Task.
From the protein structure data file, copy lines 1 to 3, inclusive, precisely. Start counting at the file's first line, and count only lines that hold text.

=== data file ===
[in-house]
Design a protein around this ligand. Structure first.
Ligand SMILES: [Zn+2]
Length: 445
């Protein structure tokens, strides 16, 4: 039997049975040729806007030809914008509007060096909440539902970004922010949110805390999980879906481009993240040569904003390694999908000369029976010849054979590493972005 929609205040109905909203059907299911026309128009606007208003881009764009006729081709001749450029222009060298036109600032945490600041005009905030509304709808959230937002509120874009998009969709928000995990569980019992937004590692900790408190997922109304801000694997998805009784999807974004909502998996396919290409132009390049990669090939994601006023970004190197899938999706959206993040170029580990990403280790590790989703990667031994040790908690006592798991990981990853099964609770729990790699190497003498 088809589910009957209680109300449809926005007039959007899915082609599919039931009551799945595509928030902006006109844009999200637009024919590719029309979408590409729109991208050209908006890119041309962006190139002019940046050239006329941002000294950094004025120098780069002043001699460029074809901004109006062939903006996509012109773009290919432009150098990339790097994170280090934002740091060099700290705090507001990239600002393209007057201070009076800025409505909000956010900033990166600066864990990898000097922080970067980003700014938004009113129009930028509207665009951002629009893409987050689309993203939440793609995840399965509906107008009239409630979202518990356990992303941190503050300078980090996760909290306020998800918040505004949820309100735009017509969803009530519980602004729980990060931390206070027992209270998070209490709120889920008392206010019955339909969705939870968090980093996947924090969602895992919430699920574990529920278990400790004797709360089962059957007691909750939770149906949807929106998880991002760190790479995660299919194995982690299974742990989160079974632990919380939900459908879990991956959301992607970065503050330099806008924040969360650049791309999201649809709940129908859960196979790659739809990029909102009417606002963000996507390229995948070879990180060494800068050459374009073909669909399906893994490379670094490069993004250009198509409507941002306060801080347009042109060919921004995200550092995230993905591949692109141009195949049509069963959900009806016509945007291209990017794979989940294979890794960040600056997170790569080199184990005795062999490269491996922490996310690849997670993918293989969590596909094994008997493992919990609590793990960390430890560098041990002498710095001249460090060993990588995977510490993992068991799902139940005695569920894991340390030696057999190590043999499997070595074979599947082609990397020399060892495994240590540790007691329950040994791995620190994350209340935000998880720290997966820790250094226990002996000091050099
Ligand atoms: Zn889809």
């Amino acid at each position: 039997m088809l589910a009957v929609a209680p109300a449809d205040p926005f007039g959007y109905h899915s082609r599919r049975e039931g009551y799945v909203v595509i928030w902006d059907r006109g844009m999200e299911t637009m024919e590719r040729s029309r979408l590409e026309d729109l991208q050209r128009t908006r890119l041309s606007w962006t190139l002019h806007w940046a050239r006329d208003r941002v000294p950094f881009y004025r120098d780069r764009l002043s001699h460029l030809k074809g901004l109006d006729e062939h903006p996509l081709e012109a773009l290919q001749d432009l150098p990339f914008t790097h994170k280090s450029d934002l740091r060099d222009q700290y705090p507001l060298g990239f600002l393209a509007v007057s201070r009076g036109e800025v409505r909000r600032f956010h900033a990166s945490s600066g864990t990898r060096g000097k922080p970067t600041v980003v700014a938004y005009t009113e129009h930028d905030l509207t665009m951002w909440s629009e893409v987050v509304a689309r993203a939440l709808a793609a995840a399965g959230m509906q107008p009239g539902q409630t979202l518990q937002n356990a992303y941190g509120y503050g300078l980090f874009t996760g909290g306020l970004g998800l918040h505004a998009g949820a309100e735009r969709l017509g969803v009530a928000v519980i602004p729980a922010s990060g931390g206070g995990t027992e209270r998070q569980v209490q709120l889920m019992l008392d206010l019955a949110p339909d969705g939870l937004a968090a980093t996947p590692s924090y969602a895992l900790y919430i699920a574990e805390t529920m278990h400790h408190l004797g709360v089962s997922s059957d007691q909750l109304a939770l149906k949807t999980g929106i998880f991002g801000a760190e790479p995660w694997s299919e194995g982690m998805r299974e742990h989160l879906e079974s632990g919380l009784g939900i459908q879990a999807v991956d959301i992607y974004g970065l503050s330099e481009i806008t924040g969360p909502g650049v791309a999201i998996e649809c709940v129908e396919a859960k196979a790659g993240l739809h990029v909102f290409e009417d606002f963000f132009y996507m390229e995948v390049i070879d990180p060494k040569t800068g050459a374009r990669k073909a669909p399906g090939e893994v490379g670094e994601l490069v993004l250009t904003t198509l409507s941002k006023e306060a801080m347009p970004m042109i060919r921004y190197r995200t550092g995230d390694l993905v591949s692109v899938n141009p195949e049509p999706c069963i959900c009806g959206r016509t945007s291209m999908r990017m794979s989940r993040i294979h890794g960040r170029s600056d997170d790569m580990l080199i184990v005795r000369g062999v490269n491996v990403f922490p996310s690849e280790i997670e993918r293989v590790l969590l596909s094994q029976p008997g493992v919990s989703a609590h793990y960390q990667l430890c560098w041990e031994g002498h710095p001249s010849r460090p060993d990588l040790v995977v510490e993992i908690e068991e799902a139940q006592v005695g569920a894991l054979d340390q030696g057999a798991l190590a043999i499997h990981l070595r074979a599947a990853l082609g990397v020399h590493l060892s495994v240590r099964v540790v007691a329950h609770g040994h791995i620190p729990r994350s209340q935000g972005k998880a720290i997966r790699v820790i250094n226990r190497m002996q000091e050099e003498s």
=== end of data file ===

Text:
[in-house]
Design a protein around this ligand. Structure first.
Ligand SMILES: [Zn+2]